Today, U.S. Vice President Joe Biden and the Department of Education announced the launch of a nationwide initiative to encourage colleges, universities and K-12 schools to take action to prevent sexual violence on campuses.
It’s been a long time coming. Biden’s initiative follows more than 25 years of feminists lobbying the federal government to address rampant campus sexual assault. A 1985 study reported in Ms., the first of its kind, found that one quarter of college women were victims of rape or attempted rape. Last year, a study funded by the Department of Justice found that 1 in 5 college women will be sexually assaulted during post-secondary studies. Disturbingly, the study, authored by the Center for Public Integrity, found that colleges consistently fail to properly investigate rape reports, sending the message to victims that there is no justice to be had. The few devastated survivors who do report often drop out of school or face depression and other psychological damage, while accused rapists frequently graduate and, in many cases, continue raping with impunity.
The federal education department sent a letter to school administrators today clarifying their responsibilities to victims of sexual assault under Title IX. In addition to its well-known provision for gender equity in sports, the law also requires schools to prevent gender-based violence.
Addressing some of the widespread institutional failings exposed by the Center for Public Integrity, the letter admonishes schools to:
- Support survivors by not punishing them for underage drinking or drug use (recognizing that a sex crime is far more significant than an alcohol-related misdemeanor)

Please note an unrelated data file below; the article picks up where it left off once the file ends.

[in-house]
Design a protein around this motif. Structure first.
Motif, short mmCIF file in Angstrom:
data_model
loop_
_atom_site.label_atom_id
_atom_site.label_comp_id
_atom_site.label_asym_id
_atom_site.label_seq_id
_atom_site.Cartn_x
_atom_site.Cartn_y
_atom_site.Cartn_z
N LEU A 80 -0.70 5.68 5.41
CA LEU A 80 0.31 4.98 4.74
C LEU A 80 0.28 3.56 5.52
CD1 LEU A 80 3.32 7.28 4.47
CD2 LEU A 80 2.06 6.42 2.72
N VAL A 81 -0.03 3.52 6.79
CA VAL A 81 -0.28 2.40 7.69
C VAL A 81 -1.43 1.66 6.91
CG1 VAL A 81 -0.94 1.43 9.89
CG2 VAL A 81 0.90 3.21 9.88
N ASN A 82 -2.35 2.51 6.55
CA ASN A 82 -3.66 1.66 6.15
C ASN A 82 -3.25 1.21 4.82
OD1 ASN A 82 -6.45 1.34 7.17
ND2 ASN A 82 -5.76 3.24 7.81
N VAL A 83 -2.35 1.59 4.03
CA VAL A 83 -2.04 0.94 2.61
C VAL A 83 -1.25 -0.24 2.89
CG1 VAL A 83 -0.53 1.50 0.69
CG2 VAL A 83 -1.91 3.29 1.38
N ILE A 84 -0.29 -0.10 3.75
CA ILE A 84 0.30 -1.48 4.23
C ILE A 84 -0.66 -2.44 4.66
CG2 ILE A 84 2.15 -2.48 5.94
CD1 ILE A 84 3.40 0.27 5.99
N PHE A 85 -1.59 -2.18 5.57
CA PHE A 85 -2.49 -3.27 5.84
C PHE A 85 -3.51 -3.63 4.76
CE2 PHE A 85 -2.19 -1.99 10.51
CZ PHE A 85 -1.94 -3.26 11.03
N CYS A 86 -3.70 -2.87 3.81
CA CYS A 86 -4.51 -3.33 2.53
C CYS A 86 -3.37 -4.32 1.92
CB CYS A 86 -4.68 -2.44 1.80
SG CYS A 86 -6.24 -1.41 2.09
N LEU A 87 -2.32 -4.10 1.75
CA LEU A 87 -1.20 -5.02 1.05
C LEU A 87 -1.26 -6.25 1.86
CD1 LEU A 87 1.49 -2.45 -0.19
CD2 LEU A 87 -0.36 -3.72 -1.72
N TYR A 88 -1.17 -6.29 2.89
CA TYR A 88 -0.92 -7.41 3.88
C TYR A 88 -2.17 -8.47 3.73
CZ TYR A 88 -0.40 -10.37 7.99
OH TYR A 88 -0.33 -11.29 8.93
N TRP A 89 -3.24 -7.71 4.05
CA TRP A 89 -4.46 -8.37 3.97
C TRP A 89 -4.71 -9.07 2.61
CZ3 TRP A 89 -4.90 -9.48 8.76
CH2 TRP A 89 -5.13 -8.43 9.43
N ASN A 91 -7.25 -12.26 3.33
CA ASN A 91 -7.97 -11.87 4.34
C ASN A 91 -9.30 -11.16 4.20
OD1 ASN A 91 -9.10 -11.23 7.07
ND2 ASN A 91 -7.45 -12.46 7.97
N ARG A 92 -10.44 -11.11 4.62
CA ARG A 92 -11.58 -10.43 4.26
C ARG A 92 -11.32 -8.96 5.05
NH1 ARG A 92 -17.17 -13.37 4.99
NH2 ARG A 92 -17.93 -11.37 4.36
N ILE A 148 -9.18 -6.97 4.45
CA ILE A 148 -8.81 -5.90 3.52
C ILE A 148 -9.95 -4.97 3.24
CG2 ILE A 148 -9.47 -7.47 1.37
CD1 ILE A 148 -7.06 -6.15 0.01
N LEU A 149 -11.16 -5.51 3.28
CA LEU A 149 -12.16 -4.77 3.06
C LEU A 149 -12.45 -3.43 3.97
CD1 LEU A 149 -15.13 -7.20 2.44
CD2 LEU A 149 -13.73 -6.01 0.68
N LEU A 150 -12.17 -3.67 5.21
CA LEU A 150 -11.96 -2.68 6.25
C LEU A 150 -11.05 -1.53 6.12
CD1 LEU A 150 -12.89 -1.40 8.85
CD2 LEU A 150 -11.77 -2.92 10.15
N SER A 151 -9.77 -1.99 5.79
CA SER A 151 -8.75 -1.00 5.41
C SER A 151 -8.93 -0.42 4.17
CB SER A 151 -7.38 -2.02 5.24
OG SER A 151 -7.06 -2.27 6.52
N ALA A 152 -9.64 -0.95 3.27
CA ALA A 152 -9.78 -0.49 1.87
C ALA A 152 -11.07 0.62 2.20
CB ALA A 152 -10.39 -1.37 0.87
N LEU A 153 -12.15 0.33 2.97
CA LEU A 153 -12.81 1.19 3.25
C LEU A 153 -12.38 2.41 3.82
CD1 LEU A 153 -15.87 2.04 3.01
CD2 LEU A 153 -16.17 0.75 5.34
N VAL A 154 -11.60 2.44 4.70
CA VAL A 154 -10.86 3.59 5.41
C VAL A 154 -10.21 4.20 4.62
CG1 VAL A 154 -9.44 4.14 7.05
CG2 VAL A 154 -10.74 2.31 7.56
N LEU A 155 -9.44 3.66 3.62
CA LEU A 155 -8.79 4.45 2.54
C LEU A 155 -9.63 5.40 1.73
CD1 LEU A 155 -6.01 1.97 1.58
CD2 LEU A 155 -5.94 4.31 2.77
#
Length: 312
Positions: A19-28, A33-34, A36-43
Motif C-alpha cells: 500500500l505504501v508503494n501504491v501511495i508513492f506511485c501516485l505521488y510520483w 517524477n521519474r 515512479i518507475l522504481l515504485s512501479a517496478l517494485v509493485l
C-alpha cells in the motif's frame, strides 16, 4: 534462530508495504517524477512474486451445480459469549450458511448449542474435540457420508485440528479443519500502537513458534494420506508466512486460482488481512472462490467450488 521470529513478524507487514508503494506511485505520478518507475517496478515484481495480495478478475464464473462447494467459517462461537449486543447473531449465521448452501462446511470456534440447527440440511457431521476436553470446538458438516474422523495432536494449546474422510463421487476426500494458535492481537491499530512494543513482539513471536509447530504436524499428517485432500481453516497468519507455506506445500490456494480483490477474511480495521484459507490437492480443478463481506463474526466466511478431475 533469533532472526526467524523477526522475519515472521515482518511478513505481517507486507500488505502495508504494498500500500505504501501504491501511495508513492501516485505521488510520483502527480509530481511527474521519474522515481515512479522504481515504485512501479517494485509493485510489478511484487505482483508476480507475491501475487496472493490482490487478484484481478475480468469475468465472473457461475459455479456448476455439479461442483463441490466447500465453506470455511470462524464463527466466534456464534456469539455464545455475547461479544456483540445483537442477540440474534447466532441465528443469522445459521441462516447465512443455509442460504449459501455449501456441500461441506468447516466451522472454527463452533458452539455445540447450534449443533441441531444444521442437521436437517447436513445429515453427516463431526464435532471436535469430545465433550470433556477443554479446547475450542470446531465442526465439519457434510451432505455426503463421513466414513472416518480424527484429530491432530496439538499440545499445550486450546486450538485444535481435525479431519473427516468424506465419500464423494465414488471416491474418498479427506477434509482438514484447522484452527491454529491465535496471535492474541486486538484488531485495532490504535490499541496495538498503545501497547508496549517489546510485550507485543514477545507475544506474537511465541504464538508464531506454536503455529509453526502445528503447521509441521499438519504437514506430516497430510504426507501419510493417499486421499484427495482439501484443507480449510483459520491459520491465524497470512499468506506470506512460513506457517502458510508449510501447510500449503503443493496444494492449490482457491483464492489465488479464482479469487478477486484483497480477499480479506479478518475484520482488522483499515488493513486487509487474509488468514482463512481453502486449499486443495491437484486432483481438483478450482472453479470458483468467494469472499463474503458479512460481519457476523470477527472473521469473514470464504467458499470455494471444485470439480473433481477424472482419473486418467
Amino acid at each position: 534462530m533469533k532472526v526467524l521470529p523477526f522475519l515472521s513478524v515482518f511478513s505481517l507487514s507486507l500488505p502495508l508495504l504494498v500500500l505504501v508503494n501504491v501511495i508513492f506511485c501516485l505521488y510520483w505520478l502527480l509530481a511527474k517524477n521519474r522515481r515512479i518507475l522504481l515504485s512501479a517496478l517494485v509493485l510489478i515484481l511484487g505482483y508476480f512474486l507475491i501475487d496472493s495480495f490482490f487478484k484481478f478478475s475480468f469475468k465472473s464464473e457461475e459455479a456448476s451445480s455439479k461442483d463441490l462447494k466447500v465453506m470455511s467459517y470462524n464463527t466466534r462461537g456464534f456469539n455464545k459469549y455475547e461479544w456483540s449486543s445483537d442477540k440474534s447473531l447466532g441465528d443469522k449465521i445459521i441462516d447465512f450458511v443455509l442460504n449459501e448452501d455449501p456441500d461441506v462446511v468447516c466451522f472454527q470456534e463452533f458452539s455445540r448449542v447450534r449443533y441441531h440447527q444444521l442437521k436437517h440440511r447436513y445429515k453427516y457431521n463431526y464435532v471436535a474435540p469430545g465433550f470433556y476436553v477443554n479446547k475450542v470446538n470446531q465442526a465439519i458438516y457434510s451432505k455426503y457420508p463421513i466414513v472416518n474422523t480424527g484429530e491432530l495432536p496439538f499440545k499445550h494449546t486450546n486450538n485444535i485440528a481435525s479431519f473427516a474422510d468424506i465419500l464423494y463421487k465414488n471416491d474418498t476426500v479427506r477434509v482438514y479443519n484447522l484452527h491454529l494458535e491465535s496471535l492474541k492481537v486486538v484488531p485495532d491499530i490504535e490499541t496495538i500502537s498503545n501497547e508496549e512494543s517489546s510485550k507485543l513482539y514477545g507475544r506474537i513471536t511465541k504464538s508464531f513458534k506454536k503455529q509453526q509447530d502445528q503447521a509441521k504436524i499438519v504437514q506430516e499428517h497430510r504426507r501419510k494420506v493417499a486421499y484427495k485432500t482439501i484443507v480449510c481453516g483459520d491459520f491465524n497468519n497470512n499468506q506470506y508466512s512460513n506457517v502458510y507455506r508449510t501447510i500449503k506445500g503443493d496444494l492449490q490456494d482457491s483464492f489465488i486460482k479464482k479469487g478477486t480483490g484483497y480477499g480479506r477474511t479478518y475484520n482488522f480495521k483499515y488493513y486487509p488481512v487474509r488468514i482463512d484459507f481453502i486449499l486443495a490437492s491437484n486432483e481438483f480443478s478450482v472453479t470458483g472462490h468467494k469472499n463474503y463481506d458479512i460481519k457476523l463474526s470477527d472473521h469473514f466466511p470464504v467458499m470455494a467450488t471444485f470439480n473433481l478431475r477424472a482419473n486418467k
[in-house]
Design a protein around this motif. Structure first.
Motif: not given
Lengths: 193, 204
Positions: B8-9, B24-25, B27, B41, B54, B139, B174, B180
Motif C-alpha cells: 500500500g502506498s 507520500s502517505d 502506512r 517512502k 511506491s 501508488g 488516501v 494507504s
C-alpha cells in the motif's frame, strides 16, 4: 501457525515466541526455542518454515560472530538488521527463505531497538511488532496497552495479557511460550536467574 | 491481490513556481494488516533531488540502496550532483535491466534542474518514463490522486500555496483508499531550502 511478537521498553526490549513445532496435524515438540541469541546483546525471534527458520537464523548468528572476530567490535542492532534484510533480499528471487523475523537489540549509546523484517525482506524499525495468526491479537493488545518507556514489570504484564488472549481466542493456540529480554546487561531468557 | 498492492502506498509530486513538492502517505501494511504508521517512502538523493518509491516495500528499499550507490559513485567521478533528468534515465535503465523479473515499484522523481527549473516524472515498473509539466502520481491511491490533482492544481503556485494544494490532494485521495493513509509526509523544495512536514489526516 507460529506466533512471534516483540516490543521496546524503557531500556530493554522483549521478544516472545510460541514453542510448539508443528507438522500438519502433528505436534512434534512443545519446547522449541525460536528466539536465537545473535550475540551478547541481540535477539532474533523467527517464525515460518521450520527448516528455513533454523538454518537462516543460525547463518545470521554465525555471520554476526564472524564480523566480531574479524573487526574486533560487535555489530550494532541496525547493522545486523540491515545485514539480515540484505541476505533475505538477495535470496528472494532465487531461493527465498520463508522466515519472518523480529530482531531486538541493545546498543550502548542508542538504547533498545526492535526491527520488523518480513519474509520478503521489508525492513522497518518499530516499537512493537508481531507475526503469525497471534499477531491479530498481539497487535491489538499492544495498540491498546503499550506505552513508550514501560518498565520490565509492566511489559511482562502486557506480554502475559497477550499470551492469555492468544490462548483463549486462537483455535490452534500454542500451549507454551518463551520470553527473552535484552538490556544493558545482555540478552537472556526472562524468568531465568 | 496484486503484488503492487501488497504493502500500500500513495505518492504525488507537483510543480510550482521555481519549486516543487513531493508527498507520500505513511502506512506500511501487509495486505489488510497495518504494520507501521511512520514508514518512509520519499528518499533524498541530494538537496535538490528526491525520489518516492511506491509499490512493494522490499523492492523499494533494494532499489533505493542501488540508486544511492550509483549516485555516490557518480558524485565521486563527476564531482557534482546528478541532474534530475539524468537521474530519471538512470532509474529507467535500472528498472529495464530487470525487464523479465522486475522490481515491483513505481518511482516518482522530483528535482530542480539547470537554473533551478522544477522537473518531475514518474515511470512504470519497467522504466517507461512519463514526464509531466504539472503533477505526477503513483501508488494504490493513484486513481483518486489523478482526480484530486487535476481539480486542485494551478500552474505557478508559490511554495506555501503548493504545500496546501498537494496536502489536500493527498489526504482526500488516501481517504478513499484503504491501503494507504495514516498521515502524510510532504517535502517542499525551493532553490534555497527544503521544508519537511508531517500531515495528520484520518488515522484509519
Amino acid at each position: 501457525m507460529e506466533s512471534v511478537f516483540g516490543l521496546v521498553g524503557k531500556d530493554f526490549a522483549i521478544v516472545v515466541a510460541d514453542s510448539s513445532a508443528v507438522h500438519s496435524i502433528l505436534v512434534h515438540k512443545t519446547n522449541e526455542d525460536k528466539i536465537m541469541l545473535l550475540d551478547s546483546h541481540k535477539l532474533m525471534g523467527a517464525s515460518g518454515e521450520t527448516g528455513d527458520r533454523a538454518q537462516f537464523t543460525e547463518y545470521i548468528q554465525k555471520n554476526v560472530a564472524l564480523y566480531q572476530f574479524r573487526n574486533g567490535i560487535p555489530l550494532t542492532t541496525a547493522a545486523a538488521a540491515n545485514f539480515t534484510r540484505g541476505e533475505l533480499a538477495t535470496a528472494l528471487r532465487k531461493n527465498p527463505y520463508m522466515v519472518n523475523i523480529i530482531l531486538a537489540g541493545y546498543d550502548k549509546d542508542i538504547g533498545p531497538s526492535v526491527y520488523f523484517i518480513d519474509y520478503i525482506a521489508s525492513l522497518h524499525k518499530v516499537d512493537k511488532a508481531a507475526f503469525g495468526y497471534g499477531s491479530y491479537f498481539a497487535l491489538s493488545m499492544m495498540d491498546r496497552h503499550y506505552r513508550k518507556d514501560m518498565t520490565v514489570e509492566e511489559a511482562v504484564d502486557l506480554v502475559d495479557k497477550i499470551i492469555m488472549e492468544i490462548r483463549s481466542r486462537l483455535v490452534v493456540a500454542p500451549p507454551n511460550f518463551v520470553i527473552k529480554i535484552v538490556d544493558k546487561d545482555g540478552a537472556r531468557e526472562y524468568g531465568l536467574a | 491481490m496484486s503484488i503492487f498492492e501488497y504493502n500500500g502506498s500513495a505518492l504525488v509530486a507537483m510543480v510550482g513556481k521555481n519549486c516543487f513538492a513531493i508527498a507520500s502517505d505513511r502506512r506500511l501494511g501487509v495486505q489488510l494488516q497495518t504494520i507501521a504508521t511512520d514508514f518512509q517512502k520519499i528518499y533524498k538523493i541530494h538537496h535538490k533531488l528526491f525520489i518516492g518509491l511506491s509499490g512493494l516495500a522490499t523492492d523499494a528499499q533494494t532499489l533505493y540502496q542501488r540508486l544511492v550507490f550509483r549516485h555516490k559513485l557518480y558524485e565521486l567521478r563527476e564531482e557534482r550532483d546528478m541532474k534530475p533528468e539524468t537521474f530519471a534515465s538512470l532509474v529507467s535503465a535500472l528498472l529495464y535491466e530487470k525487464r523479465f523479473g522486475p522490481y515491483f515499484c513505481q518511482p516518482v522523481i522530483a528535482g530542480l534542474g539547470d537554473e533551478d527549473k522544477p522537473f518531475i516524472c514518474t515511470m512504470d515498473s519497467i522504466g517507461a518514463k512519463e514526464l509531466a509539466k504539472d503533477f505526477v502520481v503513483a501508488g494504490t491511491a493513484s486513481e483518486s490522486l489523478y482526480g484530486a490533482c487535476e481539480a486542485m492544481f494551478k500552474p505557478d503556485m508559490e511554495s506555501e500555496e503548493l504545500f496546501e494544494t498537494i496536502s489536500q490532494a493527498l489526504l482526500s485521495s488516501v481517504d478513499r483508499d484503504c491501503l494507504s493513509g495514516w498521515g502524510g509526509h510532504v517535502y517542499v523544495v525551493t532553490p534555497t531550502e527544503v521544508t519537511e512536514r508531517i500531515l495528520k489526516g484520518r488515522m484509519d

- Inform the survivor of her rights to a full investigation, and advise her of the outcome should a review take place (some schools refuse to give victims information about the outcome of an investigation, for fear of breaching the accused’s privacy rights)
- Investigate all reported sexual assaults in a timely manner, including those that occur in off-campus housing
The letter does not make explicit the presence of serial rapists in schools, a key finding of the Center for Public Integrity’s research. The Center’s report argues that school officials are, in many cases, blind to that presence and suggests that properly investigating and punishing sexual assaults on campuses can help reduce the incidence of those crimes.
Biden will launch the initiative today at the University of New Hampshire, which he holds up as a a model of sexual assault prevention that schools across the nation should emulate. UNH’s Bringing in the Bystander program educates students of all genders on their role as bystanders to sexual violence, and their responsibility to act when they see an assault, or potential assault, taking place (such as a friend planning to get a girl drunk to have sex with her).
Victoria Banyard, co-director of the New Hampshire program, told Newsweek, “We need to help people develop and practice the specific skills so that when they’re in the moment, they’re doing something positive to help.” She says anyone can become a bystander, and we all need to act to prevent sexual assault.
In addition to the bystander education program, UNH offers a host of support services for survivors of sexual assault, intimate partner violence and stalking and is home to a strong prevention-focused research center.
For more on what you can do to prevent sexual violence on your campus, check out this toolkit [PDF] from the American College Health Association.